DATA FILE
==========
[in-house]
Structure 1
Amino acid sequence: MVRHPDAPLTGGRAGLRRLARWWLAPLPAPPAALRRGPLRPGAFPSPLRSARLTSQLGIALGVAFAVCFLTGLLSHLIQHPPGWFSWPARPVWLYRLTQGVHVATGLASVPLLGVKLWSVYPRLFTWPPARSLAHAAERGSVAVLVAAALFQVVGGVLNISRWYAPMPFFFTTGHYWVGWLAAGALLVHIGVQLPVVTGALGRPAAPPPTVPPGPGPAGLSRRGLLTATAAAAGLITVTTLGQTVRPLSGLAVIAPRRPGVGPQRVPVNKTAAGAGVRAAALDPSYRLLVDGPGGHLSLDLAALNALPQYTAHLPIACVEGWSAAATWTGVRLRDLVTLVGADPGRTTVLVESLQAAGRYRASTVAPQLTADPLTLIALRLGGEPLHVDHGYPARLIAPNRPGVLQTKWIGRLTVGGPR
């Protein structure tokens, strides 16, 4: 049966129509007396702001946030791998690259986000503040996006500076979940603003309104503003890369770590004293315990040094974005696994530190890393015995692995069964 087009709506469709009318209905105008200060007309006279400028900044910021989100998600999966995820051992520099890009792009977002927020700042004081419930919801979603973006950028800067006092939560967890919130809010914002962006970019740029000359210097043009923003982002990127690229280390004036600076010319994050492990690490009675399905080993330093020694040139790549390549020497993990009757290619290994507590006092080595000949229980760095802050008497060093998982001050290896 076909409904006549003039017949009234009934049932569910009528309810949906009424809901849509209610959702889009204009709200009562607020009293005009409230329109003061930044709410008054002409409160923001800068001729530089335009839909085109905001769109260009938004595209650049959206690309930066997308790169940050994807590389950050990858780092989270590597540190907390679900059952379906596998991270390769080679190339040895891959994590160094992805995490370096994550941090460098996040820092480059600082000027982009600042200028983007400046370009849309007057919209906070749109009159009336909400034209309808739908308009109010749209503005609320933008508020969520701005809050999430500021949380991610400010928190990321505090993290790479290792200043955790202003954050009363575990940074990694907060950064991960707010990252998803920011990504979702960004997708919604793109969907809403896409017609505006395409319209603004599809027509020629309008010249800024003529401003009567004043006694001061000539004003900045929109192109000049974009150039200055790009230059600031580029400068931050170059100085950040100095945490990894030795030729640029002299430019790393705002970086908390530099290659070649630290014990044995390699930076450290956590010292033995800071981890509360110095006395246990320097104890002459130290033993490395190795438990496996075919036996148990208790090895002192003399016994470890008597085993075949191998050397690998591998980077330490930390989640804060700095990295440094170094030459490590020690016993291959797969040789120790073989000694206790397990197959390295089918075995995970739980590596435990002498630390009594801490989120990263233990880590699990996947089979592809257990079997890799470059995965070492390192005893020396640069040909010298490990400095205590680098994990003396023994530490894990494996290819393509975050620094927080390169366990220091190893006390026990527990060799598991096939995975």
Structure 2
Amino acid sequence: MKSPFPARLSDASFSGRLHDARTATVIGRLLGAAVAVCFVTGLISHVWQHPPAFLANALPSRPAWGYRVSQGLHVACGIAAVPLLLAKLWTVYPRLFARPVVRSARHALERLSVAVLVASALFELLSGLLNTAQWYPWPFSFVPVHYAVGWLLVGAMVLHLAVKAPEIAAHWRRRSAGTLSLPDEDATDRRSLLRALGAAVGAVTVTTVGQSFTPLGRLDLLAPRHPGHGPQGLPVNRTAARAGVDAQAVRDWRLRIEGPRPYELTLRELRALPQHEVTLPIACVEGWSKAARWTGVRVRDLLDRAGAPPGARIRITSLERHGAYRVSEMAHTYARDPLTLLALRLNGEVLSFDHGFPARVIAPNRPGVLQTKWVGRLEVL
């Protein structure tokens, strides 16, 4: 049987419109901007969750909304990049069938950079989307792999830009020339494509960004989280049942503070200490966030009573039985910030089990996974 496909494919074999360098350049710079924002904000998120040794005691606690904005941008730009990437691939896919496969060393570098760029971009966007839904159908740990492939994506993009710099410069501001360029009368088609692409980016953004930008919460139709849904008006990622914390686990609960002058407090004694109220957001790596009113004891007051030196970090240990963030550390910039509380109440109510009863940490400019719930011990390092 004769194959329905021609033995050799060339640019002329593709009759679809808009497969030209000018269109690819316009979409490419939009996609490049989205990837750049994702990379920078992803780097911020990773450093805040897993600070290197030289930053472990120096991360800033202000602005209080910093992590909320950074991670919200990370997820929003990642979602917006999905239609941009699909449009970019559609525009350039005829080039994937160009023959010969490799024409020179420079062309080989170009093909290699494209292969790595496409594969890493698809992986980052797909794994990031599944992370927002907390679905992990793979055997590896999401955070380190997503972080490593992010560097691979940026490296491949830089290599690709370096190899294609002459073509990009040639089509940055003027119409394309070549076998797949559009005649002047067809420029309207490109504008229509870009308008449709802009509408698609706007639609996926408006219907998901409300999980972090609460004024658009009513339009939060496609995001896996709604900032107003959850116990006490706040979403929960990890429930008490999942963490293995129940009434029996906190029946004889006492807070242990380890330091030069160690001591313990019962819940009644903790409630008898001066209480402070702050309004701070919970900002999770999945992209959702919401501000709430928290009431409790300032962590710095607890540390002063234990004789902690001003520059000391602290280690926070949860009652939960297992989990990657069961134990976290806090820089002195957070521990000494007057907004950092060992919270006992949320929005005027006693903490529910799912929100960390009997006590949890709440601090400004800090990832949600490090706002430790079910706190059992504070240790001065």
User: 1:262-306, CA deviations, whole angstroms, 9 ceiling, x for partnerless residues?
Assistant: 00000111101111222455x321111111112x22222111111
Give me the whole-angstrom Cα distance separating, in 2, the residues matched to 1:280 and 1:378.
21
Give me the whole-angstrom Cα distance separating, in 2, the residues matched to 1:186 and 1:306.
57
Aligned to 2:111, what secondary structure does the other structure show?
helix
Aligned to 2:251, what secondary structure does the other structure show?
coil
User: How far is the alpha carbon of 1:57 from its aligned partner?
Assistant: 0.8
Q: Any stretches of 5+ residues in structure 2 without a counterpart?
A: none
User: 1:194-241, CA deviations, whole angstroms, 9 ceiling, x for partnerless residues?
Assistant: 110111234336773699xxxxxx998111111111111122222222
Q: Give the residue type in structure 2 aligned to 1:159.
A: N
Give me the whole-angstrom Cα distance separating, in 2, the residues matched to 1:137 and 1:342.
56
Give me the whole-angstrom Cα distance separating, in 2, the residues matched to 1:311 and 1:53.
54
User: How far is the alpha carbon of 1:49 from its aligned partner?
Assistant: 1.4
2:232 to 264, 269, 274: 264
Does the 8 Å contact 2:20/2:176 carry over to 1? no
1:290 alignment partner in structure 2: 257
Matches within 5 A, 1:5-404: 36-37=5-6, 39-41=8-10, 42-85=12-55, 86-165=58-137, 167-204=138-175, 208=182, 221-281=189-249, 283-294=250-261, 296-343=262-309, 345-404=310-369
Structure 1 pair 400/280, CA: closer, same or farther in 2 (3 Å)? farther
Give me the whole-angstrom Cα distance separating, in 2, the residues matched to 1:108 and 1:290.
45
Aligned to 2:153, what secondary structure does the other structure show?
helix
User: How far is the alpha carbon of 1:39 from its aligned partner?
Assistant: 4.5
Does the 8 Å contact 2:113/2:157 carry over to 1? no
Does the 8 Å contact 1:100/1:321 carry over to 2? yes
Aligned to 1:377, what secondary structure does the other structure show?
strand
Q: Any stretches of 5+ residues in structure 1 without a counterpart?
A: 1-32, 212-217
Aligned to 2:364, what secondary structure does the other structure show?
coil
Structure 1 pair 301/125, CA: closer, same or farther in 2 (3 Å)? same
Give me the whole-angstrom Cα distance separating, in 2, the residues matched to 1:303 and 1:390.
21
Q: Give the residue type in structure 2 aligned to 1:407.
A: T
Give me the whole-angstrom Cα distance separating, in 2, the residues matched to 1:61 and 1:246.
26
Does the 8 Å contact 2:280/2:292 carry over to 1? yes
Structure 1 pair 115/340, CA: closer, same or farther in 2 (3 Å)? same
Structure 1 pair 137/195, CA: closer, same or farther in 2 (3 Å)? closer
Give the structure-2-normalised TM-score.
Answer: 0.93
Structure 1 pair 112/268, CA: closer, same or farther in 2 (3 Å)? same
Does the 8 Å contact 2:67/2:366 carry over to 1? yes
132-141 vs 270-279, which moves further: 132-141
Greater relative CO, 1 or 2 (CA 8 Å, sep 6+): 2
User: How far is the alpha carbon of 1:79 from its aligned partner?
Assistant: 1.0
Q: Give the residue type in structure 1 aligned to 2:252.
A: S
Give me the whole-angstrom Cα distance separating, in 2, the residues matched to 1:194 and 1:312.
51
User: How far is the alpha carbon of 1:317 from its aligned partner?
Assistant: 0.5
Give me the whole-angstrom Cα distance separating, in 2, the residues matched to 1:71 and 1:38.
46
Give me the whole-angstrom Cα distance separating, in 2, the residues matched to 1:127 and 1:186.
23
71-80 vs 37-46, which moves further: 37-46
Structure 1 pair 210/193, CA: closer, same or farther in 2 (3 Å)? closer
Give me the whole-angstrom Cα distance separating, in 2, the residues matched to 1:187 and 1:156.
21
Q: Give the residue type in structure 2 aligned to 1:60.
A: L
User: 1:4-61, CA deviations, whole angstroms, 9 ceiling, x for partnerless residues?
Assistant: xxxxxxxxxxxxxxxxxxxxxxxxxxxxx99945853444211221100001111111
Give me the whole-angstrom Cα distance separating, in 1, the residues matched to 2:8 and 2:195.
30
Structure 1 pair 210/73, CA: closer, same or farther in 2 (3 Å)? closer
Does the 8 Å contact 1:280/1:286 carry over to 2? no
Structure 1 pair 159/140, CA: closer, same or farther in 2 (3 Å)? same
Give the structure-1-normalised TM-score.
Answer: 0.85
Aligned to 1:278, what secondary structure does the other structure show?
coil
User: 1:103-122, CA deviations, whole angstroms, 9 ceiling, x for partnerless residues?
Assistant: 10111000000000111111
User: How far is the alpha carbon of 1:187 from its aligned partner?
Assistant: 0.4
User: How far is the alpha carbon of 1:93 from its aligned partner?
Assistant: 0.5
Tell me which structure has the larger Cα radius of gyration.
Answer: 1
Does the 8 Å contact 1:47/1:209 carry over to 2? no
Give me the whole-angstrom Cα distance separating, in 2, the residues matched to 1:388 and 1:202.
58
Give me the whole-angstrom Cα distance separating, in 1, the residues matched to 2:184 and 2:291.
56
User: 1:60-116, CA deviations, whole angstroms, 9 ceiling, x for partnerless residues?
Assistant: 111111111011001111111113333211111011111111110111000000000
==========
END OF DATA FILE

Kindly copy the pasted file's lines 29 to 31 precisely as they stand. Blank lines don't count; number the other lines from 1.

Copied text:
54
User: How far is the alpha carbon of 1:49 from its aligned partner?
Assistant: 1.4